Science Is Lame

This would have been impressive. Unfortunatley, we didn't get anything close to this.

So Rachel got a big email this week from Ella’s school, telling her to not miss the satellite flare that would take place tonight, in our southeastern sky. The email declared that the flare “would light up the sky like the moon!” and that it was an experience our kids would certainly not want to miss.

Well, Rachel forwarded the email to me, with a simple note: I want to do this with the kids.

Now, while we’re not the most science oriented family in the northern hemisphere, we’re not anti-science either. We encourage both kids to explore the world around them from both a scientific and poetic standpoint, so Rachel’s desire made sense. Especially for Jon; my son is infatuated with anything that moves, appears, or seems to belong in the sky. He’s constantly pointing out planes to us, and whenever he sees the sun in the morning, he points and says, “Dere’s the sun! See it? See it? It’s up dere!” as if it had somehow missed a day.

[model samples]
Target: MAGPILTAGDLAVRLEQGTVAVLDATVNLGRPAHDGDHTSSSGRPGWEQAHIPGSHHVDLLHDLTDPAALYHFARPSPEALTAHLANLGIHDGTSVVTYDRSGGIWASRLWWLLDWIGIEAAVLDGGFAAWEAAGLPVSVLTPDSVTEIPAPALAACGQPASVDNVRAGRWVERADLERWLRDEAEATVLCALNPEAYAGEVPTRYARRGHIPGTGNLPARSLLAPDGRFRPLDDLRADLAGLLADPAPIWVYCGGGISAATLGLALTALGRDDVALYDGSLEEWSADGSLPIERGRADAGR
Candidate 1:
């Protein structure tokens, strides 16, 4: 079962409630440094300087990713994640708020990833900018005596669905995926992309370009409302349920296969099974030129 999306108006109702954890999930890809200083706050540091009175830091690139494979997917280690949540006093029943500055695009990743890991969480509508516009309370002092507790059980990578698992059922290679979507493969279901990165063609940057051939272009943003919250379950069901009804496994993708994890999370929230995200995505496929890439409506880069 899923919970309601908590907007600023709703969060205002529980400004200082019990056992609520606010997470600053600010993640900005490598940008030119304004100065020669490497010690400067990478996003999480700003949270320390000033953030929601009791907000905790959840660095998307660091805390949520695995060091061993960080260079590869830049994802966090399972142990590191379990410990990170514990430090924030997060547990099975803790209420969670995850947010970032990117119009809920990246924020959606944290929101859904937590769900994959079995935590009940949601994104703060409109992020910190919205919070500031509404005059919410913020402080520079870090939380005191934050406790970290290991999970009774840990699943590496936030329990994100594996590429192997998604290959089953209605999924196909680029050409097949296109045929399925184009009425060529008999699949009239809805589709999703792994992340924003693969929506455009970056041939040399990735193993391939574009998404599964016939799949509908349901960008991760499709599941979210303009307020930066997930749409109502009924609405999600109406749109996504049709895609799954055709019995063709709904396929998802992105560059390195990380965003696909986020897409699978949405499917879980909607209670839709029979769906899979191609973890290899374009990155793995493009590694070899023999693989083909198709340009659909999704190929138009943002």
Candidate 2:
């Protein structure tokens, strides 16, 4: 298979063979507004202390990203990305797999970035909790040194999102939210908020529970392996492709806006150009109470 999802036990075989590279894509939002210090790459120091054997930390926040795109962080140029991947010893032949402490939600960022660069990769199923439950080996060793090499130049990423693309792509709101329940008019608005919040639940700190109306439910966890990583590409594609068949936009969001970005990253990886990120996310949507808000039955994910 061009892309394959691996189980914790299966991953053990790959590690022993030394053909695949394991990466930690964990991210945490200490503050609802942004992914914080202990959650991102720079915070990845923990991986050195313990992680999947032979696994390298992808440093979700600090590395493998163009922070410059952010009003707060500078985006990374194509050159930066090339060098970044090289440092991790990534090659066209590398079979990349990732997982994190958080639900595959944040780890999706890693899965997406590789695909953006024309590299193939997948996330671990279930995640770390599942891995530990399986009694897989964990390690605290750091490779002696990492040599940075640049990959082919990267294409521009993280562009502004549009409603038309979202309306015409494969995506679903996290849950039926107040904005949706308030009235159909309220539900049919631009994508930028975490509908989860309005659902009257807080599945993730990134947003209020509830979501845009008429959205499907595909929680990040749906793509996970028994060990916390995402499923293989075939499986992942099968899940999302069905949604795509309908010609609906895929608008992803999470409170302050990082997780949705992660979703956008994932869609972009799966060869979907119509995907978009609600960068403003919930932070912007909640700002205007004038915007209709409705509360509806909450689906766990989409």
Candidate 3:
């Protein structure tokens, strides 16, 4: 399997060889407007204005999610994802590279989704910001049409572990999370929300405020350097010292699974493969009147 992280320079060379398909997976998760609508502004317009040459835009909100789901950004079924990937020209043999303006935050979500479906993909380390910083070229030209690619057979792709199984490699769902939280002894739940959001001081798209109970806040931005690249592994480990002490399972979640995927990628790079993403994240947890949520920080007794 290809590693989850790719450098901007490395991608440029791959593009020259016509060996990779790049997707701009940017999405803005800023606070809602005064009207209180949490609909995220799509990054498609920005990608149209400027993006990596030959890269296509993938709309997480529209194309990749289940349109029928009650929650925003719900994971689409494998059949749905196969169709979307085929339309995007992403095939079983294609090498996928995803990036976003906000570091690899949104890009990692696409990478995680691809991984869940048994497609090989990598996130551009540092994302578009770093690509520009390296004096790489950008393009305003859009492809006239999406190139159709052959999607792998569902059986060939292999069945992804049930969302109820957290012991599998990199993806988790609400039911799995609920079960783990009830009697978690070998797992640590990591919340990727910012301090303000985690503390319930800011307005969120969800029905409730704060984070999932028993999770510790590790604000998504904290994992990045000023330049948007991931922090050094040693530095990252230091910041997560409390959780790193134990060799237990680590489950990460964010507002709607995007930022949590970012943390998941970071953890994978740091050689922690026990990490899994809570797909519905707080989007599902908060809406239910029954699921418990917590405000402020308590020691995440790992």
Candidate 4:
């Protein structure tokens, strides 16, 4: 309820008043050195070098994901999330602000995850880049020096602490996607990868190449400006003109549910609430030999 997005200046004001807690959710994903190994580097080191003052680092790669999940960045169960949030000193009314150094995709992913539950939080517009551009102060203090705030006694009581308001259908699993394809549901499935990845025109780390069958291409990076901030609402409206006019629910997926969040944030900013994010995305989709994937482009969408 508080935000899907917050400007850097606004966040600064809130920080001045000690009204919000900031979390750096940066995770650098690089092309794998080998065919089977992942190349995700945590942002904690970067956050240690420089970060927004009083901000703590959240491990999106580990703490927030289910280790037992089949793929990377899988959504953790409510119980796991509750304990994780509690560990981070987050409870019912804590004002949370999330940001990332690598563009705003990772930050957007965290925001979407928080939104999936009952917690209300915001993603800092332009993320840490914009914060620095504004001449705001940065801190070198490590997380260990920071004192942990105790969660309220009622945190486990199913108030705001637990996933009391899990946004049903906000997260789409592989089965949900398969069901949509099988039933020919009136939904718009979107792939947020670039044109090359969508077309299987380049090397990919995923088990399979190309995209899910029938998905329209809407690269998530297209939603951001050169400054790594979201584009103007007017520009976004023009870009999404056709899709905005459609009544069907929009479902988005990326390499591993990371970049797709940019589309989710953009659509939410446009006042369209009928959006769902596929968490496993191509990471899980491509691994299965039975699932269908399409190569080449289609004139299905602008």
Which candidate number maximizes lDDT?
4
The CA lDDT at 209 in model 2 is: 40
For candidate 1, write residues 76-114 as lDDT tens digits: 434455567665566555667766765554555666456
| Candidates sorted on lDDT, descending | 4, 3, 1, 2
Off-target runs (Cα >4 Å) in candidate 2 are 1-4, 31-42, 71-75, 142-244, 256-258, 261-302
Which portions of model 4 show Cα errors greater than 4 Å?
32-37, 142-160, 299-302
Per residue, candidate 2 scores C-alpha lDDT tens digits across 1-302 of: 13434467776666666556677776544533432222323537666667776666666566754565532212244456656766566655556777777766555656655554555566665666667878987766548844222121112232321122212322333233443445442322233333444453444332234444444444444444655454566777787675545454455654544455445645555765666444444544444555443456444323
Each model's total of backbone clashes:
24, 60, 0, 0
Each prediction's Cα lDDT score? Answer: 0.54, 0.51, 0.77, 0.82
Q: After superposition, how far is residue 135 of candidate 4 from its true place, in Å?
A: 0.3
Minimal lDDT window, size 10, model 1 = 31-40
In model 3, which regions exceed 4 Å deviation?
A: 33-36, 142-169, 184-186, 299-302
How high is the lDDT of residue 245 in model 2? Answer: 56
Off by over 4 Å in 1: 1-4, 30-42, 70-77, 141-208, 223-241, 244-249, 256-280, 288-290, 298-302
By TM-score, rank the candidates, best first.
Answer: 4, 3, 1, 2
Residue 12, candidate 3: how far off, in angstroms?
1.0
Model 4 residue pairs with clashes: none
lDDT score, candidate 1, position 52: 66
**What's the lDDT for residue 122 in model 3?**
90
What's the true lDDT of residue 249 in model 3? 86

He does the same thing for the moon.

Anyway, we told Jon that we would go out tonight to look at the moon and also see a very special satellite that would shine bright light on us. Jon immediately started saying, “Saddle-ite?”, and pointing to the night sky. He couldn’t wait.

We rushed through bath, hair, and pajamas in order to make it outside for the premium seats. The moon was huge (still is, as I type this) and there was a crisp shot of chilly in the air. We oriented our chairs and piled up under blankets and commenced to waiting for this sure-t0-be amazing event.

After about twenty minutes, Rachel points to the sky. “Is that it?”

I turn my head in time to see what seemed to be a plane light suddenly dim as it moved awkwardly through the sky. And as soon as I’d seen it, it was gone.

“I don’t know,” I said. “But if so, that sucked.”

“Tell me about it,” Rachel said.

The light that was supposed to be “brighter than the moon!” was no brighter than a low flying plane. It’s like expecting to hear someone break the sound barrier and instead hearing a fly fart. It was not impressive in the slightest. Even Jon asked, “Did we miss it?”

We packed up our gear and trudged back inside.

“We should’ve just watched TV,” Ella said as she took off her jacket. Jon immediately chanted, “TV! TV! TV!”

They went to bed instead.

So when my kids grow up to write plays, or practice law, or do anything that’s not science related, you can blame it all on tonight, and the failure of a satellite to live up to its billing.

Given a chance to impress my kids, science instead went lame.

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